Ruffer Investment Company (RICA) is designed to achieve positive annual total returns (after expenses) of at least twice the Bank of England base rate. The trust invests internationally across a range of asset classes, seeking to hold both growth and protective strategies in an appropriate balance with the aim of generating consistent positive returns and avoiding losses over rolling 12-month periods.
RICA consists of pools of assets designed to provide different return profiles in various environments. This structure has proven robust in the market sell-off in Q1 2020, with NAV returns basically flat (see Performance). The managers have long argued that structural problems in developed economies – primarily too much debt and too little growth – will ultimately compel governments and central banks to ever more extreme measures to try and inject inflation and nominal growth into the system, and have been positioned accordingly. A sharp shock to the economic system from the spread of COVID-19 seems set to catalyse this, and they believe it will be unlikely to prove politically feasible to unwind ‘temporary’ emergency-support measures.
As we discuss in the Portfolio section, the managers have taken profits in protective strategies focussed on equity markets and volatility after a substantial rally in these derivatives. However, they continue to hold protection in credit markets, which should offer asymmetric protective characteristics should the current crisis evolve into a full-blown credit crisis.
With the protective strategies having largely offset losses in the equity holdings, RICA’s NAV has remained resilient. However, the discount has moved slightly wider, but seems to have consistently attracted buyers when around current levels (c. 6% as of 31/03/2020).
RICA has fulfilled its primary objective in the recent, turbulent, weeks. In the ‘Goldilocks’ investment epoch, it may have been tempting to disregard many of the protective strategies as requiring a spike in volatility which the ‘Fed put’ would essentially preclude. However, as seen in both Q4 2018 and Q1 2020, a permanently becalmed state is not a realistic expectation for asset markets. We had previously highlighted that these protective strategies with asymmetric pay-off structures would likely ultimately prove highly attractive, and thus it has proven. The managers’ trading activity around these in recent weeks seems sensible, booking profits from assets unlikely to offer much further appreciation whilst retaining assets which retain substantial upside if the current pandemic and associated economic shutdown develops into a wider systematic credit event.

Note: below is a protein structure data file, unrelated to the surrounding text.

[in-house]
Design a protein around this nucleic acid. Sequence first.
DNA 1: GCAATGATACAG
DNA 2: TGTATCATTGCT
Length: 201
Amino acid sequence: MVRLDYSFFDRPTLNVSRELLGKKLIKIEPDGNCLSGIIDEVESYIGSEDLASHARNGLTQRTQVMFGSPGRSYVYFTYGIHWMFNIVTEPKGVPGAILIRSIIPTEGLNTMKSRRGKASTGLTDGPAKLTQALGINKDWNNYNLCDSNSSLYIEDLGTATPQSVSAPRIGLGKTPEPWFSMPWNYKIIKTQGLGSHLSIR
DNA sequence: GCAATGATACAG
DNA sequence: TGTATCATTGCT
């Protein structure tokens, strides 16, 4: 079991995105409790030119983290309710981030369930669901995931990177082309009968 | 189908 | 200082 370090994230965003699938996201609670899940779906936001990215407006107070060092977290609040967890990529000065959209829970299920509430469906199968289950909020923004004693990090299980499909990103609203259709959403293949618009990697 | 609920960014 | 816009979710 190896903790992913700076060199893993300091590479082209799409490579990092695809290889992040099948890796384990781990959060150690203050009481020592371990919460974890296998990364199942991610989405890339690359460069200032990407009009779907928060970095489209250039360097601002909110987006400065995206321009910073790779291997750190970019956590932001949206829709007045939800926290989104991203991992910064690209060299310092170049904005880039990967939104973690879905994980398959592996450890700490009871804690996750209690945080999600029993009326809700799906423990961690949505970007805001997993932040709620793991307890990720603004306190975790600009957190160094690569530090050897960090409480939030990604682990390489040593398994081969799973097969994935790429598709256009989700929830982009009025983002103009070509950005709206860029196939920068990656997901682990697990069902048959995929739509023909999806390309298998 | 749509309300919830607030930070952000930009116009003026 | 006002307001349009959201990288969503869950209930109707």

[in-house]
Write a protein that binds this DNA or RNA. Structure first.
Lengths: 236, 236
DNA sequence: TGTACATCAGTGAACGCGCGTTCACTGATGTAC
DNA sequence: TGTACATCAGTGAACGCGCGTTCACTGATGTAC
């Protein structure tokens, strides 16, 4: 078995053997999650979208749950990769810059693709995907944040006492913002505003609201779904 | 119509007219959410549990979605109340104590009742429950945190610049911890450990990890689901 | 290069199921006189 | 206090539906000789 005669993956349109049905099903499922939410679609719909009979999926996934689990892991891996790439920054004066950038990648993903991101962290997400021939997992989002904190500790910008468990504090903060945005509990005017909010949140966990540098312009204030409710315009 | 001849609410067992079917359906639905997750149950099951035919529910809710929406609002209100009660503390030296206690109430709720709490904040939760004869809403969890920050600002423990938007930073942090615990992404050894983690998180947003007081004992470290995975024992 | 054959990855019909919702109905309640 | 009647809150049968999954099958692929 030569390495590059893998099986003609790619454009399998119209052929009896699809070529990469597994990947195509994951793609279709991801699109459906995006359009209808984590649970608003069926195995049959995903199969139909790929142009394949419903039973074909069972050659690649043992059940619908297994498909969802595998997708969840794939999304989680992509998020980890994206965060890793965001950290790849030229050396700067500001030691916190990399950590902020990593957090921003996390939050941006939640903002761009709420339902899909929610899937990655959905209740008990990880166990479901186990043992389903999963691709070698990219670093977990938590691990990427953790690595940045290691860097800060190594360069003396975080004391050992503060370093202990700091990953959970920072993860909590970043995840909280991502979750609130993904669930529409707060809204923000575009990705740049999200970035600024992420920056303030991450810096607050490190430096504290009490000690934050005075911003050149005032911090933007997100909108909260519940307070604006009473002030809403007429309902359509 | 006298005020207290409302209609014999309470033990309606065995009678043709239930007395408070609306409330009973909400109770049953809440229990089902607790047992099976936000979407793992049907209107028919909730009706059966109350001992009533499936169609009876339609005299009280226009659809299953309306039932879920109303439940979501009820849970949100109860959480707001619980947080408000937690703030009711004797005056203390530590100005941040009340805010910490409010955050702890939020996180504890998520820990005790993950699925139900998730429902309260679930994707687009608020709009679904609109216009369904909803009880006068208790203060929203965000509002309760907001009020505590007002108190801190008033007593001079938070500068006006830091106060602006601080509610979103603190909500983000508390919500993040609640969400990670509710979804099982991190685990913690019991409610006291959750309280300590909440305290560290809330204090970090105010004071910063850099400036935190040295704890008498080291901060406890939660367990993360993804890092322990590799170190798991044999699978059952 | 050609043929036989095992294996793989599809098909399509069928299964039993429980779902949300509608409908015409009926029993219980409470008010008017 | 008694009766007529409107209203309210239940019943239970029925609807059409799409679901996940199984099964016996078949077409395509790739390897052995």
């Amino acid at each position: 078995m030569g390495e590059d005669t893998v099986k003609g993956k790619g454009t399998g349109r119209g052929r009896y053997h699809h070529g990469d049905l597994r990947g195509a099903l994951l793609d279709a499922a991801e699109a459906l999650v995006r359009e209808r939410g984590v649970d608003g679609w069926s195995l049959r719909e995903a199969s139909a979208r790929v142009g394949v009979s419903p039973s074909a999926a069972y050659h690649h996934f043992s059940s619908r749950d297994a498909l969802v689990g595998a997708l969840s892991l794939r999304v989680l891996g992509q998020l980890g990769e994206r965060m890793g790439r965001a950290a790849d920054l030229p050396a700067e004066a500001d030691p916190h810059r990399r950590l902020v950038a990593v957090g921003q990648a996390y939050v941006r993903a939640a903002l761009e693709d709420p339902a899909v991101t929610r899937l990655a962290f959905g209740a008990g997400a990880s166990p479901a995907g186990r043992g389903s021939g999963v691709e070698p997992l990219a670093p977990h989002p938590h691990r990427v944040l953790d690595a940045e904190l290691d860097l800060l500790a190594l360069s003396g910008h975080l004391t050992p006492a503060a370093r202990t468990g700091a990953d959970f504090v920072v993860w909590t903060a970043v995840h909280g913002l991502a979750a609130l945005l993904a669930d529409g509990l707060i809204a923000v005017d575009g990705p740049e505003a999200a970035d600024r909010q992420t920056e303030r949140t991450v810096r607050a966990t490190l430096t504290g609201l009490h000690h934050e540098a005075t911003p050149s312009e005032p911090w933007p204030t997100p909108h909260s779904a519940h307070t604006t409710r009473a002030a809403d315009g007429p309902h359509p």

Having protected on the downside, the managers have also identified attractive potential convexity in inflation-linked bonds. The short-term direction of inflation appears uncertain, with a tsunami of government borrowing meeting a likely chasmic dearth of private spending, but, should these ‘temporary’ government programs prove hard to reverse, governments will be directly injecting money into the economy. RICA’s portfolio remains well-balanced; the discount does not seem to offer the prospect of a substantial uplift, but in our view is unlikely to widen substantially. Overall RICA should continue to offer resilience as part of a balanced portfolio, with the potential for substantial upside if the managers’ base case macro scenario materialises.
|Has offered protection in recent sell-off, and should continue to do so in future||Will likely lag equity products if we see a sharp market recovery|
|Should offer substantial upside if inflation picks up materially||Deflation remains a risk to absolute returns|
|Hedges are well balanced to growth opportunities||Dividend yield is likely to be low|